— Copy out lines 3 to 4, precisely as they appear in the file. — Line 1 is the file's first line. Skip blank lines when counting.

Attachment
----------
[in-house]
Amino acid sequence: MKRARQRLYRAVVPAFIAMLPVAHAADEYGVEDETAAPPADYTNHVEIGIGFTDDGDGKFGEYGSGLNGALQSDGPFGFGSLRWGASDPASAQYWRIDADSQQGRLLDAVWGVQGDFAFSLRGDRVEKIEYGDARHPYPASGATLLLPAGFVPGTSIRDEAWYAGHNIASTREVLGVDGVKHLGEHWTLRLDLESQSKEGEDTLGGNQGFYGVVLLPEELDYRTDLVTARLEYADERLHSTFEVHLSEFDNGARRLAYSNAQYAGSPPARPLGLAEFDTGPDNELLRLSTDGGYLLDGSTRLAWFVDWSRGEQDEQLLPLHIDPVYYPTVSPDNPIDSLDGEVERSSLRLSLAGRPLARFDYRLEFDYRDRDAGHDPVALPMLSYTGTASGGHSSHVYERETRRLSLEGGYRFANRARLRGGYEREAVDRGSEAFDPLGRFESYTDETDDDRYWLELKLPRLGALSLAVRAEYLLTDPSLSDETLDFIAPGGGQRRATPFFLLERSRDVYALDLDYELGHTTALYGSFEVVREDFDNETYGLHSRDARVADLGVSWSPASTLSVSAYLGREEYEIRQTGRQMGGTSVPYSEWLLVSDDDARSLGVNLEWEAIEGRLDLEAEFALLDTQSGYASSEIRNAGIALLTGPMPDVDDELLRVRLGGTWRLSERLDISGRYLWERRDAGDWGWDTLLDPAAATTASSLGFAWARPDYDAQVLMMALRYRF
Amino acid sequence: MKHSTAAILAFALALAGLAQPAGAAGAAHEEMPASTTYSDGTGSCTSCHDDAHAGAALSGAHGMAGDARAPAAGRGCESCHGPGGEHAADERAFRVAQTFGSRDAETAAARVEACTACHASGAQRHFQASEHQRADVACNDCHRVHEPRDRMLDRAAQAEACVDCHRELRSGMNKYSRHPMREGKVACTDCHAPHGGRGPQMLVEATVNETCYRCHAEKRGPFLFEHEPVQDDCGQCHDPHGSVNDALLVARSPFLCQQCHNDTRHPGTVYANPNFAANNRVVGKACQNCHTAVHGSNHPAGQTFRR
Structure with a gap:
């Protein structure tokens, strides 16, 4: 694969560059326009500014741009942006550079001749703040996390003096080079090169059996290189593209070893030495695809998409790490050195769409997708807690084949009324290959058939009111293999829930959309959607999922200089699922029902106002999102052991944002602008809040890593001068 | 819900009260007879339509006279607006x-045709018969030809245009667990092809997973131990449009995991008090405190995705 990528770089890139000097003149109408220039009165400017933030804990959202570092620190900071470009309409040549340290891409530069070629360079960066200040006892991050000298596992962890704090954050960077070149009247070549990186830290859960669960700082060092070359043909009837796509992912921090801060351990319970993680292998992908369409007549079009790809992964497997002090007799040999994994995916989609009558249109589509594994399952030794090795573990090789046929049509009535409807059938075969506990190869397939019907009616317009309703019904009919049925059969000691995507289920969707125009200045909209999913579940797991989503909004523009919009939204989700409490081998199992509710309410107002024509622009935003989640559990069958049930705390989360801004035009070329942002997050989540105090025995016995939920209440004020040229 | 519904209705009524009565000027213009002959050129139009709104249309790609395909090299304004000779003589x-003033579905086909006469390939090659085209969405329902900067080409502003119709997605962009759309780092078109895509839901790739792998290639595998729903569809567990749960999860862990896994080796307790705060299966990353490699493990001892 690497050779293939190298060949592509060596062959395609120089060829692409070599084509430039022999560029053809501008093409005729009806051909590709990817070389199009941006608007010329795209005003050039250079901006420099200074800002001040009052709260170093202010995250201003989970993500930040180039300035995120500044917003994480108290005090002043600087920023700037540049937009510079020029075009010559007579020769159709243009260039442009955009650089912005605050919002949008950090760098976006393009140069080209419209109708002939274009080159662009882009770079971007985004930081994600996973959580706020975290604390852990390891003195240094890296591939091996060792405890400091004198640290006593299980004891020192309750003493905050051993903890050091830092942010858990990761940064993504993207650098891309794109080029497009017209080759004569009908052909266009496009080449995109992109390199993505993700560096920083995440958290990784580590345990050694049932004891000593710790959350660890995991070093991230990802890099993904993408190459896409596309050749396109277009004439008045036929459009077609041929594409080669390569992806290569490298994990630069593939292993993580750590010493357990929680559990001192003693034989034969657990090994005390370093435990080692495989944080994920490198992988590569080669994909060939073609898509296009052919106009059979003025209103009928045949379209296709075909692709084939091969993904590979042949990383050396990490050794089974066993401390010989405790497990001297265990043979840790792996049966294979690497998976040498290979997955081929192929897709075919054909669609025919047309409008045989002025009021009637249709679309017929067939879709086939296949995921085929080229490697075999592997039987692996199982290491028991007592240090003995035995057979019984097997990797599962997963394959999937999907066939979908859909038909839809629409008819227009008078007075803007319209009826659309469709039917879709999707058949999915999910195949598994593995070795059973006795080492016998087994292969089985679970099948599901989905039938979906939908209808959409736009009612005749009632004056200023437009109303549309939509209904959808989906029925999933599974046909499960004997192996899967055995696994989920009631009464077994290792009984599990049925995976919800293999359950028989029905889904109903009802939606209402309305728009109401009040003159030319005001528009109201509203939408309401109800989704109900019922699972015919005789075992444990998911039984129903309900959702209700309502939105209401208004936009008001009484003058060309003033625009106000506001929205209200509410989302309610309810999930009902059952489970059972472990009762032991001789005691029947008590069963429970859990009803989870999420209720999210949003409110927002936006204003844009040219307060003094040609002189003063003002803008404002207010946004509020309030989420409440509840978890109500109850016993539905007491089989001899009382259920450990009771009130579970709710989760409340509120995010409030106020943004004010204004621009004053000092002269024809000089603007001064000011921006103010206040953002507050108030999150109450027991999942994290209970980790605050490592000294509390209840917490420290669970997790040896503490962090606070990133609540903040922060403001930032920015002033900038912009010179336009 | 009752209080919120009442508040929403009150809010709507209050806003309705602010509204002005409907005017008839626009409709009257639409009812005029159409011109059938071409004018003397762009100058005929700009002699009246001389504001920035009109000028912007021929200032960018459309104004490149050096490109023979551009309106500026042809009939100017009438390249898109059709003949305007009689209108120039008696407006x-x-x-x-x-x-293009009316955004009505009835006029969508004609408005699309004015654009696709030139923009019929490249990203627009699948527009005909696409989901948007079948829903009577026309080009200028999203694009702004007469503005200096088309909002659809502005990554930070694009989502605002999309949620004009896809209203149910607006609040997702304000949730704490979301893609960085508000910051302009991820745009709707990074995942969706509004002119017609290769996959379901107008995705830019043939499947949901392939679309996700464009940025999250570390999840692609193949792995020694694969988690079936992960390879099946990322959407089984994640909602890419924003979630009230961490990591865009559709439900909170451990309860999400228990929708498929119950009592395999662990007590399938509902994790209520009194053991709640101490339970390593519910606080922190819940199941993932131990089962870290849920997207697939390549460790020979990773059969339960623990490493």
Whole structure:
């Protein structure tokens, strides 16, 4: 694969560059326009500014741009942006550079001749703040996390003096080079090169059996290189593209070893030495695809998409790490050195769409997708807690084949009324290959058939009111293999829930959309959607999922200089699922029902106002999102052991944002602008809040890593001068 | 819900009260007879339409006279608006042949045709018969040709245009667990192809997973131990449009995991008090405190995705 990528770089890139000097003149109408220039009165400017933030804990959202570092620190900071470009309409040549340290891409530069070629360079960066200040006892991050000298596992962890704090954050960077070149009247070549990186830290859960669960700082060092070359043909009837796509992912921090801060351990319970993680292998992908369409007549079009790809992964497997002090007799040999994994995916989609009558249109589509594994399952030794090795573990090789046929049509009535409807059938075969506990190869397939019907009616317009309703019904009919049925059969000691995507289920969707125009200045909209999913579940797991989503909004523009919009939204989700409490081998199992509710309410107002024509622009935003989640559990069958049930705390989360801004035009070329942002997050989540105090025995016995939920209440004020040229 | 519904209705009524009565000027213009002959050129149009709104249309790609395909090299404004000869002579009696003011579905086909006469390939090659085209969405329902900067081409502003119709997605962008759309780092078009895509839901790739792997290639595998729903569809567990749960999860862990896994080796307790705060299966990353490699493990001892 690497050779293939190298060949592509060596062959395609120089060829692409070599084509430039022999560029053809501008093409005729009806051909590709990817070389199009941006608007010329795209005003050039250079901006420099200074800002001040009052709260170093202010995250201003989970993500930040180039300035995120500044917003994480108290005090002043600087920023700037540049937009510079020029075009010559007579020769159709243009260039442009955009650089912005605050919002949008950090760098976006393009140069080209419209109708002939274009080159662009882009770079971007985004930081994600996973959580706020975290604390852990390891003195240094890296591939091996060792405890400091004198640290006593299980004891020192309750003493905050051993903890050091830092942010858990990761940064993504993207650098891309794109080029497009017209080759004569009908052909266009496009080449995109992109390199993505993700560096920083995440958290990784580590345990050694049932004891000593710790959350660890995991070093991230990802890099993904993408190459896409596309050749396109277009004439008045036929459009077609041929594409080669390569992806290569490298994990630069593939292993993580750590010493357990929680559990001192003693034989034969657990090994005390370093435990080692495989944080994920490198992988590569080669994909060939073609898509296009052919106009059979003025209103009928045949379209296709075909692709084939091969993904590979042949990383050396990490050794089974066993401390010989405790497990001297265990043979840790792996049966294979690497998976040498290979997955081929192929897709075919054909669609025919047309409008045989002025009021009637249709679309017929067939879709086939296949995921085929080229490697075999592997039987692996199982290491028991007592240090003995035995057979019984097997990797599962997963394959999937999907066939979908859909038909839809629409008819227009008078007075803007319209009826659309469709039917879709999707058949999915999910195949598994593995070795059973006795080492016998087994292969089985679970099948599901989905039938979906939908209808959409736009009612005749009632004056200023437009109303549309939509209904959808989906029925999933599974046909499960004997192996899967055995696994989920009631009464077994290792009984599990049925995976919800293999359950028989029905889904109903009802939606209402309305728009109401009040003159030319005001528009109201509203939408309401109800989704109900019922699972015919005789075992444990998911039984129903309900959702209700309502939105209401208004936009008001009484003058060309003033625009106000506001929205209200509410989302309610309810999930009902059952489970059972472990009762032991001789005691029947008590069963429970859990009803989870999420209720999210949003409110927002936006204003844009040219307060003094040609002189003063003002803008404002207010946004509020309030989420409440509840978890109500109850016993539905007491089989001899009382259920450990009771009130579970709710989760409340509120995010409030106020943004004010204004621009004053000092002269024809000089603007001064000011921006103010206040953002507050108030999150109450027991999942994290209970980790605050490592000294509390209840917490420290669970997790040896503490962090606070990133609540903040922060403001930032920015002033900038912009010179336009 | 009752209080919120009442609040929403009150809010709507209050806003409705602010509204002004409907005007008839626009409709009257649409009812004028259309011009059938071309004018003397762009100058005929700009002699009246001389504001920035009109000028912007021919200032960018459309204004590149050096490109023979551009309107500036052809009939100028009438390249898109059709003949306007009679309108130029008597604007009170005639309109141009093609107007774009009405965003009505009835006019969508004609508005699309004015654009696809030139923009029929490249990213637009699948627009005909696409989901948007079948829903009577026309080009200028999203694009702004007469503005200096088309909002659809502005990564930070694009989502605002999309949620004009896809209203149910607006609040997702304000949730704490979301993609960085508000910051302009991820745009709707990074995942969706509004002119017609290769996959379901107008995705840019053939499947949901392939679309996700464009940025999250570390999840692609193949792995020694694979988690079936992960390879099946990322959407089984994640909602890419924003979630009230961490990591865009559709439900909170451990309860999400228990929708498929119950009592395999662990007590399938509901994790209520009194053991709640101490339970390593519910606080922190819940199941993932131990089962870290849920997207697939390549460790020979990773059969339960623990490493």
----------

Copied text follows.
Amino acid sequence: MKHSTAAILAFALALAGLAQPAGAAGAAHEEMPASTTYSDGTGSCTSCHDDAHAGAALSGAHGMAGDARAPAAGRGCESCHGPGGEHAADERAFRVAQTFGSRDAETAAARVEACTACHASGAQRHFQASEHQRADVACNDCHRVHEPRDRMLDRAAQAEACVDCHRELRSGMNKYSRHPMREGKVACTDCHAPHGGRGPQMLVEATVNETCYRCHAEKRGPFLFEHEPVQDDCGQCHDPHGSVNDALLVARSPFLCQQCHNDTRHPGTVYANPNFAANNRVVGKACQNCHTAVHGSNHPAGQTFRR
Structure with a gap: